We're still breathing lousy air, study says
BY P.J. REILLY, Staff Writer
Lancaster County's air still stinks.
In its annual report, State of the Air 2013, the American Lung Association gave the Lancaster Metropolitan Area an "F" for its ground-level ozone and a "D" for its levels of soot pollution.
The area is considered the 33rd worst in the nation for its ozone levels and 44th worst for its average long-term soot pollution.
Both are slight improvements over last year's rankings.
"The air in Lancaster County is certainly cleaner than when we started the State of the Air report 14 years ago," said Deb Brown, president and CEO of the ALA of the Mid-Atlantic.
"Even though Lancaster experienced an increase in ozone smog, the air quality is still better compared to a decade ago.
"But the work is not done, and we must set stronger health standards for pollutants and clean up sources of pollution in the York region to protect the health of our citizens."
The ALA's annual report grades cities and counties across the country on levels of ozone and soot collected from monitors by the U.S. Environmental Protection Agency. The latest report uses figures collected from 2009 through 2011.
Ozone, also known as smog, and particle pollution, commonly called soot, are the two most widespread types of air pollution.
Smog, created by the reaction of sunlight on emissions from vehicles and other sources, can irritate the lungs when inhaled.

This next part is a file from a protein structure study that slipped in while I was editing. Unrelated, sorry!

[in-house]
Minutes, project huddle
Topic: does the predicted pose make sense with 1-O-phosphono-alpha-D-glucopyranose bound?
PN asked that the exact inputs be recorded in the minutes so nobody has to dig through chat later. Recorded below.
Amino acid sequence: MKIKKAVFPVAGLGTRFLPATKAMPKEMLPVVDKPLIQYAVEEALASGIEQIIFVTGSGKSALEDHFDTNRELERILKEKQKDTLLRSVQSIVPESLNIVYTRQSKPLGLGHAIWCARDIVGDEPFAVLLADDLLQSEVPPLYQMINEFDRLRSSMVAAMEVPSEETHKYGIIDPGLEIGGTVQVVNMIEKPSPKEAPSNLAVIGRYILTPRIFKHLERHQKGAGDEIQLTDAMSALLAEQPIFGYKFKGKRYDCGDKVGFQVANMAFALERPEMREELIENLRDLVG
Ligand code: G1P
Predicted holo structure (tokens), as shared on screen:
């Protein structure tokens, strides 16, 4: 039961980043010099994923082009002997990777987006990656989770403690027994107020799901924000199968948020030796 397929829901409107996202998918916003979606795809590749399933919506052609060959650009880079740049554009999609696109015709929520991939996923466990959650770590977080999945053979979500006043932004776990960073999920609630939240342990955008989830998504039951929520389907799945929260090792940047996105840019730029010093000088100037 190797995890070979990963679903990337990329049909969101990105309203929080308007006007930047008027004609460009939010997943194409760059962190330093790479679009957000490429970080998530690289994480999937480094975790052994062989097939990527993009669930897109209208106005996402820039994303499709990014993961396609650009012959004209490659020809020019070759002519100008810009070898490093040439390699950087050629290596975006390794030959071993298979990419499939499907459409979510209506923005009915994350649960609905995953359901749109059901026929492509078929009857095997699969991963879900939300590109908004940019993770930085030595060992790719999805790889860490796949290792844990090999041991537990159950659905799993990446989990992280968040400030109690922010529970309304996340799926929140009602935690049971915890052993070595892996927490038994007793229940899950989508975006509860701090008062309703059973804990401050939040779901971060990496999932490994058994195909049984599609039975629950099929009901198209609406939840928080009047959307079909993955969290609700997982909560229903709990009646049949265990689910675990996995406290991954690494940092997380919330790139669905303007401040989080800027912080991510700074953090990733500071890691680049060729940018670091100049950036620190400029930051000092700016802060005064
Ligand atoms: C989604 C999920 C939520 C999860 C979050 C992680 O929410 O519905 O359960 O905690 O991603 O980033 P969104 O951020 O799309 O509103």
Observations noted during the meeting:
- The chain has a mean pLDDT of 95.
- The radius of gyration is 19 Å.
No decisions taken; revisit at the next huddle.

It can cause immediate health problems, such as wheezing, coughing, asthma attacks and premature death.
High smog levels particularly affect children, but also elderly and people with respiratory ailments, such as asthma.
Soot from particles of dust floating in the air can be deadly because people are inhaling a toxic mix of chemicals, metals, aerosols, ash and diesel exhaust, according to the ALA.
Lancaster's air-quality results have been poor for years. Part of the problem is that prevailing winds blow pollution here from the Washington-Baltimore area and from power plants in western Pennsylvania and the Midwest.
"Lancaster has a tough time of it because we're not starting with a clean slate," said Kevin Stewart, the ALA's director of environmental health. "Lancaster starts off with pollution from other areas, and then we make our own pollution on top of that."
This year's ALA report shows that many places across the country made progress compared to 2008-2010, particularly in lower year-round levels of soot.
As a result of emissions reductions from coal-fired power plants and the transition to cleaner diesel fuels and engines, air quality is improving, especially in the eastern United States, according to the report.
Cleaning up major air pollution sources through steps like the cleaner gasoline and cleaner vehicle standards will drastically cut both ozone and soot, according to the ALA.
Despite improvements, State of the Air 2013 found that more than 131.8 million people in the U.S. still live in counties that have unhealthy levels of either ozone or particle pollution.
The dirtiest metropolitan area in the country, according to the ALA, is Bakersfield-Delano, Calif.
It was rated the worst for both daily and long-term average soot levels.
The Los Angeles-Long Beach-Riverside, Calif., area was rated worst for ozone.
The cleanest cities named by the ALA in this year's report are Cheyenne, Wyo., and Ames-Boone, Iowa.
No Pennsylvania cities made the ALA's "cleanest" lists.
For ozone levels, Franklin, Lackawanna, Lawrence, Luzerne, Lycoming and Perry counties scored best in the state, earning "B" grades.
Adams, Beaver, Erie, Lackawanna and Mercer counties all received "B" grades for soot.